Rate Of Americans Applying for Unemployment Benefits Drops To Seven-Month Low
The Associated Press reports that the number of Americans applying for unemployment benefits has fallen to its lowest in the past seven months despite recently climbing interest rates implemented to slow the growing labor market.
Last week, ending on September 2, the record-low numbers displayed shocking resistance to the recent business trends.
A September 7 report from the Labor Department said that U.S. applications for “jobless claims fell by 13,000 to 216,000″ last week. The number indicates fewer people were laid off in the past week.
In total, “1.68 million people were collecting unemployment benefits the week that ended August 26, about 40,000 fewer than the previous week. That number hasn’t been lower since a stretch in early January.”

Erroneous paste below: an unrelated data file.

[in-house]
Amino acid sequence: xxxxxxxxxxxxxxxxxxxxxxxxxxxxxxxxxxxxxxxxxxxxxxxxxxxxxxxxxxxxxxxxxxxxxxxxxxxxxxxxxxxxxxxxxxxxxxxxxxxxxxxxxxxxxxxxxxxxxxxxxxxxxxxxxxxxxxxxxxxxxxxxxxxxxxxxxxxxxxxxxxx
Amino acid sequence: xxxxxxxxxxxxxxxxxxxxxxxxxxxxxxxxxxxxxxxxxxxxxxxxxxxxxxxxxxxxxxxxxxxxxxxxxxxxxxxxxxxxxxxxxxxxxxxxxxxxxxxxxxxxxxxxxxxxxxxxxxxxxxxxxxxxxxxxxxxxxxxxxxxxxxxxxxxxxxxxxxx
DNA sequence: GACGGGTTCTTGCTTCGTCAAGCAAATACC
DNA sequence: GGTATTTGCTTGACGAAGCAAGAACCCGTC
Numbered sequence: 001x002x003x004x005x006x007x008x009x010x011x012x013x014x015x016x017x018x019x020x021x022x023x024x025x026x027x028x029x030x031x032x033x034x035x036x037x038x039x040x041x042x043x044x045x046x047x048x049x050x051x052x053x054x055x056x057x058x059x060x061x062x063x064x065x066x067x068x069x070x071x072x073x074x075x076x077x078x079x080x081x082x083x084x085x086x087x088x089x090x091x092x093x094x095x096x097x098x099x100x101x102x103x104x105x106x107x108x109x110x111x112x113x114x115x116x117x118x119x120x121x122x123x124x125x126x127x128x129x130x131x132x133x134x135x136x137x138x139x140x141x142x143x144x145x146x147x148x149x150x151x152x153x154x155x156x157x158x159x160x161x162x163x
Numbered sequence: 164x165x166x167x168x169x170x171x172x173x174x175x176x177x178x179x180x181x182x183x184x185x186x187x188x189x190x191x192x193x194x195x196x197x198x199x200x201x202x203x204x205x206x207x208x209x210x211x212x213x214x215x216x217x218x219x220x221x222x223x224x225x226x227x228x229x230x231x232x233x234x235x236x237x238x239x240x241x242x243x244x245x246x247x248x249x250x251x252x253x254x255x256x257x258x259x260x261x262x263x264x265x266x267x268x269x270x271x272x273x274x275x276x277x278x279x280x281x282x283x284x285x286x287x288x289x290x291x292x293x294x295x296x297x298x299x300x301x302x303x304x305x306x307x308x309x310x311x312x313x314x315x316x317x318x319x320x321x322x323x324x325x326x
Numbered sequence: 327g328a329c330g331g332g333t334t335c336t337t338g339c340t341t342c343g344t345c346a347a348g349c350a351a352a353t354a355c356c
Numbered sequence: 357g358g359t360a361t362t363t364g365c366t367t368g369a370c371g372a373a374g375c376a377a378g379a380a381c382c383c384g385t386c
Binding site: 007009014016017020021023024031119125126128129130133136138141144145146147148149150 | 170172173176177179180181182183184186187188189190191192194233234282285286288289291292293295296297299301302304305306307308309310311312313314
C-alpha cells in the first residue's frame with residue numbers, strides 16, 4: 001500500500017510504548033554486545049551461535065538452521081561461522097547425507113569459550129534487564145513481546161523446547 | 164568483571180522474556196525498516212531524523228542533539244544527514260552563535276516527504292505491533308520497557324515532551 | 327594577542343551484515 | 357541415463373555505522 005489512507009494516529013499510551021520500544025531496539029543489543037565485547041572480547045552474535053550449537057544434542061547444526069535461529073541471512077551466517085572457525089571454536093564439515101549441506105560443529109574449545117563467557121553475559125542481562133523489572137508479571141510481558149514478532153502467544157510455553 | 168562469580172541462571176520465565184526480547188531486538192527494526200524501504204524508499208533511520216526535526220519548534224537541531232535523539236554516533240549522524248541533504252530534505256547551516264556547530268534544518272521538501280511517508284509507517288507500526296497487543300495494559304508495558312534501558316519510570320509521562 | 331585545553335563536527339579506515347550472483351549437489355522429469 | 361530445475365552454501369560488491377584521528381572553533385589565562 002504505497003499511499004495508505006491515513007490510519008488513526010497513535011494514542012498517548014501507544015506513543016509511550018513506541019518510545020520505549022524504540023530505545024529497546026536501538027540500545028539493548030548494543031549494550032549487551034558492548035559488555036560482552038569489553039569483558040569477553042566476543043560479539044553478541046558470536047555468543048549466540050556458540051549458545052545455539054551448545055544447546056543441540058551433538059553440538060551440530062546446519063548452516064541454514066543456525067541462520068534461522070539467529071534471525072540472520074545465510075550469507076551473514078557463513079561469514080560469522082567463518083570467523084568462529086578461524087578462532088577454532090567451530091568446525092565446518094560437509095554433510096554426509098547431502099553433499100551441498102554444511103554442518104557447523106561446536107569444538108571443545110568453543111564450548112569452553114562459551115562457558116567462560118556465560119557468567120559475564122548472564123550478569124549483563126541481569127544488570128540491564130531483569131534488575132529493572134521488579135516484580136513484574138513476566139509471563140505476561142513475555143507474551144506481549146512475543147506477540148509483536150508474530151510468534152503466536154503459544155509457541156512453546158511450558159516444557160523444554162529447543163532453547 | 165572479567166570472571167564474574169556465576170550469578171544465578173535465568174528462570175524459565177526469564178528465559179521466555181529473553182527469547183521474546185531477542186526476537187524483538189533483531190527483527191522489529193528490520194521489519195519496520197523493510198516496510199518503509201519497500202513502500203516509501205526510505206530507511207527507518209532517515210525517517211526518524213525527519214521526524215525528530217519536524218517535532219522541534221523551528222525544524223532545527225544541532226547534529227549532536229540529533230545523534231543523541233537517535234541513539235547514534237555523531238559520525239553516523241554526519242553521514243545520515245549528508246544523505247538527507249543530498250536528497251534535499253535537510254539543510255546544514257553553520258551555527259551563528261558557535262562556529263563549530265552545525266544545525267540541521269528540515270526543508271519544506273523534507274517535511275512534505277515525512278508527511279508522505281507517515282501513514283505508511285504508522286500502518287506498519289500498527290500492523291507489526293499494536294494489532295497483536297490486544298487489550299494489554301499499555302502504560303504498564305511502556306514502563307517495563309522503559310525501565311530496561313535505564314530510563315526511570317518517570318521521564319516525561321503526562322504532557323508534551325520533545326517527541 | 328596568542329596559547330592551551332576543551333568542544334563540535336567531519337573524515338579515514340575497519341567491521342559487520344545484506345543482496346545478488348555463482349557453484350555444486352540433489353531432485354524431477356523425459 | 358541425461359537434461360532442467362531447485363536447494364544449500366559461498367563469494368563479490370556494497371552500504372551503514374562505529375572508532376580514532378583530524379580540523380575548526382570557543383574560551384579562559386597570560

Employers also added 187,000 job openings in August, while the unemployment rate settled at 3.8%, historically low for this time of year. After the surge caused by the COVID-19 pandemic, the U.S. economy has naturally been adding nearly 250,000 jobs per month.
The Labor Department’s report reveals that companies have had a high retention rate for their employees outside an increased number of layoffs in the “technology sector” earlier this year. Notably, the manufacturing, warehousing, and retail industries have begun to slow hiring new employees but haven’t started cutting jobs in adequate numbers yet.
The high retention rates are surprisingly stubborn as the Federal Reserve raised interest rates to 5.4%, the highest in more than 20 years. The Reserve is attempting to bring down wages and take the gas off the job market, and many economists expected the unemployment rates to shoot up in response. However, the market has been resilient.
One explanation for the unusual behavior could be that businesses have struggled to build their workforces to a reasonable level after massive losses during the pandemic. This explains the replenishing hiring power and companies retaining employees to catch up to the demand from their consumers following the “pandemic recession.”